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Reducing distribution costs for cooling and chilled water is often one of the easiest and quickest methods of reducing energy use in water cooling, yet most plants have never investigated this area.
In the last three articles (March, May, Sept. 2012), we introduced the problem of wasted energy in cooling-water systems and presented two types of solutions—minimizing “parasitic” heat gains and raising water temperatures to minimize demand.
Many plants use chilled-water temperatures that are far lower than are actually needed by the process. This has a direct effect on the cost of chilled water.
In March, we introduced the subject of energy savings through cooling-water management.
In previous articles, we discussed the enormous waste of energy and money that occurs every day in many plants due to inefficient use and generation of compressed air.
A reliable and consistent source of cooling is essential in plastics processing.
Last month, we addressed how to minimize your plant’s usage of costly compressed air.
Last month we introduced the idea that compressed-air usage is one of the first places any manufacturer should look to reduce energy cost.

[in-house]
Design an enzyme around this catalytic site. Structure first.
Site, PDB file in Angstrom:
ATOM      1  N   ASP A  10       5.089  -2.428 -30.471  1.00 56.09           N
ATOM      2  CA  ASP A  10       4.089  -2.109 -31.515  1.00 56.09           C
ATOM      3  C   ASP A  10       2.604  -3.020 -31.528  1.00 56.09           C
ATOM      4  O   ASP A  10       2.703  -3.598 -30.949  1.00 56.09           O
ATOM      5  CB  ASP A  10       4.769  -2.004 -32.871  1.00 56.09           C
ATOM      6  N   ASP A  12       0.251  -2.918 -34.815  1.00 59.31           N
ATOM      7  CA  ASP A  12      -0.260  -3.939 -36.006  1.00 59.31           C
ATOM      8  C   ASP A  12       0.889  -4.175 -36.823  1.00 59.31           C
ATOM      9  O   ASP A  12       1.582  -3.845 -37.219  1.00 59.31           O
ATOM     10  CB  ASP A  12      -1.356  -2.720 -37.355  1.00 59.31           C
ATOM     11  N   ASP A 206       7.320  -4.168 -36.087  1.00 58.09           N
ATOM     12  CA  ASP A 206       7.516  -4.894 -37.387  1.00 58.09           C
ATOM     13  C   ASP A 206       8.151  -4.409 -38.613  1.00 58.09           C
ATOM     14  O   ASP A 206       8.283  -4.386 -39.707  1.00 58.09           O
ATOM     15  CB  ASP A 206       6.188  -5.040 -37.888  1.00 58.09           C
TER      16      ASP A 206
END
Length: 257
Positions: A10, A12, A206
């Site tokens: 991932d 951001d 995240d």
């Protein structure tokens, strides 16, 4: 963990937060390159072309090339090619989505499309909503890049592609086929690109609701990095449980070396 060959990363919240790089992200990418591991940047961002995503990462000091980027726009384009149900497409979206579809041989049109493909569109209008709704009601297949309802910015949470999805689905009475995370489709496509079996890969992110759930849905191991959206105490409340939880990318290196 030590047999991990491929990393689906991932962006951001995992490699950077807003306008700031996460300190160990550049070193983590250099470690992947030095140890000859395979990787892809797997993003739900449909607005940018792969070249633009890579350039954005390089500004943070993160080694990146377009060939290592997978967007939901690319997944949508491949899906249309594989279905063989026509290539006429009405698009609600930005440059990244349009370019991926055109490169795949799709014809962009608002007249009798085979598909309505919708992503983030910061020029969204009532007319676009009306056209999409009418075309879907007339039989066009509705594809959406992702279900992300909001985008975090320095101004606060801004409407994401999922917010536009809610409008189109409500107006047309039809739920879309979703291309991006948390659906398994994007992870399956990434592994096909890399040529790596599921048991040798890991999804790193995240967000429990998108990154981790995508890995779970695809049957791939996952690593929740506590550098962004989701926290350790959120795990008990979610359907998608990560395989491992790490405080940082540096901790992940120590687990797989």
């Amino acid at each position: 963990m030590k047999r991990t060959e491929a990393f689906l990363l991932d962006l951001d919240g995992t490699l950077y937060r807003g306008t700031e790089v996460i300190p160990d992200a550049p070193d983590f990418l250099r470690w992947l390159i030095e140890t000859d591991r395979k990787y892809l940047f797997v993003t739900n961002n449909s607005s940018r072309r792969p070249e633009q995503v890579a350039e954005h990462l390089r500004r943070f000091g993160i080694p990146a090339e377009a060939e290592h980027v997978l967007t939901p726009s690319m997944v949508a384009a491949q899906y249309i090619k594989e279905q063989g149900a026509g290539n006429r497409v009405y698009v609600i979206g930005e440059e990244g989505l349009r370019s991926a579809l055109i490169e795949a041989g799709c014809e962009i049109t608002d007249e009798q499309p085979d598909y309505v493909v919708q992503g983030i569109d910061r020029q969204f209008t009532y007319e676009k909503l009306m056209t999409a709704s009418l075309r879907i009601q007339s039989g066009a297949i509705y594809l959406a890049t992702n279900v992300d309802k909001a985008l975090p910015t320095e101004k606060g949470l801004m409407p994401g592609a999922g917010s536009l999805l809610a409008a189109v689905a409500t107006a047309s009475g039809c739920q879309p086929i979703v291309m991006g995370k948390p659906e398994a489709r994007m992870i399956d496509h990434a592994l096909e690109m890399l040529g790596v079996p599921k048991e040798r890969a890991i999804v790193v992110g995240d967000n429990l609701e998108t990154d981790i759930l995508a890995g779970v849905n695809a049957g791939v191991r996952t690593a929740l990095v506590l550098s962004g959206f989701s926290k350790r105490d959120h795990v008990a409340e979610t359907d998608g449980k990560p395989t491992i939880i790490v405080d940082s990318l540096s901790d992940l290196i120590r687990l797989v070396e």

Compressed air is a convenient and often essential utility, but it is very expensive to produce, and most of the energy used to compress air is turned into heat and then lost to the system and environment.
Few plants are able to accurately divide up their energy consumption by where it occurs, despite the fact that this is relatively easy to do.
In April, we discussed the use of the slope of the curve of process energy consumption versus production volume for internal benchmarking of energy efficiency.
Last month, we discussed how to graph your plant’s “process energy fingerprint.” Now we’ll show you how to make use of that information.
As we discussed in last month’s column, your plant’s “energy fingerprint” is composed of the base load and the process load.
It is commonly thought that energy use in plastics processing is fixed and uncontrollable.